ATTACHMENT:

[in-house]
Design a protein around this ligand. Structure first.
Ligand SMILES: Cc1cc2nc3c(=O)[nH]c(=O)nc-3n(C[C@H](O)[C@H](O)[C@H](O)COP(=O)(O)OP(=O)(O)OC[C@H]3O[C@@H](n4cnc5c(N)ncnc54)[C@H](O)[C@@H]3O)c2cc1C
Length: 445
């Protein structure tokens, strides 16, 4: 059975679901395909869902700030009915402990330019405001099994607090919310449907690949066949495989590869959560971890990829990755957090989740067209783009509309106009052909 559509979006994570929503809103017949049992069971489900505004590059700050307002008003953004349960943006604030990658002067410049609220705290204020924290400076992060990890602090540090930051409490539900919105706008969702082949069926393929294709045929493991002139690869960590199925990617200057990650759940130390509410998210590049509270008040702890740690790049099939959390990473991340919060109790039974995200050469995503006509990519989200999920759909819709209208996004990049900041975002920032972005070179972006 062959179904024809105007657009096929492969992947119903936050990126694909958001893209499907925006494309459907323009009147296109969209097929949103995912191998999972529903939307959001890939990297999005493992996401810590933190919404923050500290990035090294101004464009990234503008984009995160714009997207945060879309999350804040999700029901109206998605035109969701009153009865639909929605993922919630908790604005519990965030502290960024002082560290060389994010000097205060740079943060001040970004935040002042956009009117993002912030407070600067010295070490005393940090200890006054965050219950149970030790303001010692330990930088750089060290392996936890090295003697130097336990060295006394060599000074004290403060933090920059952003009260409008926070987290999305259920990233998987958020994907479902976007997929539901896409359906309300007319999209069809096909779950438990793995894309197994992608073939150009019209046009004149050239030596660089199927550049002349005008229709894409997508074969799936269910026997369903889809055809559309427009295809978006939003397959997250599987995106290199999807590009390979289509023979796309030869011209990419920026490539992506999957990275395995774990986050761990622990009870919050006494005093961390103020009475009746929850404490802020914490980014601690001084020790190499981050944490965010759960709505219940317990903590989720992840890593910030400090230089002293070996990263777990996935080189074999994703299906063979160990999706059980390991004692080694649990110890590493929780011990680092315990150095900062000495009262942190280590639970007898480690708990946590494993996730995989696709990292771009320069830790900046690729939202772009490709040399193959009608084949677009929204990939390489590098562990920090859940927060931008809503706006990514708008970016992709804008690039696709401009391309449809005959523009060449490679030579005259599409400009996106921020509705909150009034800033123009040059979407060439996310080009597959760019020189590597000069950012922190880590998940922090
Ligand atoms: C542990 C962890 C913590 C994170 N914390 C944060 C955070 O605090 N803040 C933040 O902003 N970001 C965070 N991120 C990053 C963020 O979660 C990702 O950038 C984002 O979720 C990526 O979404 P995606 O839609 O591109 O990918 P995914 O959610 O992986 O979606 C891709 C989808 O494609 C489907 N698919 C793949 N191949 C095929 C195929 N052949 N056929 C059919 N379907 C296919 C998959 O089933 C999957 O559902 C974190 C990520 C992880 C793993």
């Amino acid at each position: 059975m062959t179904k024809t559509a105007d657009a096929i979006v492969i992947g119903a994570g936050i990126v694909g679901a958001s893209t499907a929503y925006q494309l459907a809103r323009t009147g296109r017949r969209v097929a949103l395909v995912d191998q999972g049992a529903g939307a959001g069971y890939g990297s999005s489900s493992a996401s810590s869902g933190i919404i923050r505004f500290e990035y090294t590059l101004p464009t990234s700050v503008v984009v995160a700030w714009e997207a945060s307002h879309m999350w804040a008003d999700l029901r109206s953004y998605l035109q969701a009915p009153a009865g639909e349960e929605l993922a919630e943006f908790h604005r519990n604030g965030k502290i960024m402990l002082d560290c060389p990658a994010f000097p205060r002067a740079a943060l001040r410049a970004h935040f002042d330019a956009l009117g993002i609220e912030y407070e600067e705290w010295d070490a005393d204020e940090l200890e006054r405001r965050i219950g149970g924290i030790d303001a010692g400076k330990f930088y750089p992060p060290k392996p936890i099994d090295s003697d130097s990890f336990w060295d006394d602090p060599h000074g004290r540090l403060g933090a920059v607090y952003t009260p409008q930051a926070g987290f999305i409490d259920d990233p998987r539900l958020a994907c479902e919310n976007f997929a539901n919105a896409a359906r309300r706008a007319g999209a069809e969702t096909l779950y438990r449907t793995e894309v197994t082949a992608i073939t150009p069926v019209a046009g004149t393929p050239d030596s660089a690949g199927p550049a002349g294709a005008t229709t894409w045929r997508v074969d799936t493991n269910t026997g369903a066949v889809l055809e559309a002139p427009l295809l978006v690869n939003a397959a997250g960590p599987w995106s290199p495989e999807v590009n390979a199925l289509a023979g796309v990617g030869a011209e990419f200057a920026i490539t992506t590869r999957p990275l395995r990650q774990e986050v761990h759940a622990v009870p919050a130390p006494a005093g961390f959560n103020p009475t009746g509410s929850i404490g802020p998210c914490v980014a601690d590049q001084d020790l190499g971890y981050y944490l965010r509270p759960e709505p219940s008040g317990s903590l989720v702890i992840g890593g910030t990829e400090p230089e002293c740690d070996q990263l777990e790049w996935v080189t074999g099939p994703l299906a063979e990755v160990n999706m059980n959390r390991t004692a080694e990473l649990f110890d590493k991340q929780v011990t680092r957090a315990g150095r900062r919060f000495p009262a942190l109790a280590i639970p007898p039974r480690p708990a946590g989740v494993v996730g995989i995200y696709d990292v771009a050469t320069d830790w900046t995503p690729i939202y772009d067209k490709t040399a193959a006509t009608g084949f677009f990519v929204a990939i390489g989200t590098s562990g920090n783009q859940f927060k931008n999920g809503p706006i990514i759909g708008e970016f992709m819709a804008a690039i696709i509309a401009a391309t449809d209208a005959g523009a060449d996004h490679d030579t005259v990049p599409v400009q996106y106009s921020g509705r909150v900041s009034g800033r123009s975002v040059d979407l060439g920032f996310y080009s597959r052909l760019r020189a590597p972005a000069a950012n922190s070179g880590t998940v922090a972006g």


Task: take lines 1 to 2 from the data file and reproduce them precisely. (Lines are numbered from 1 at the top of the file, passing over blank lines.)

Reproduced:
[in-house]
Design a protein around this ligand. Structure first.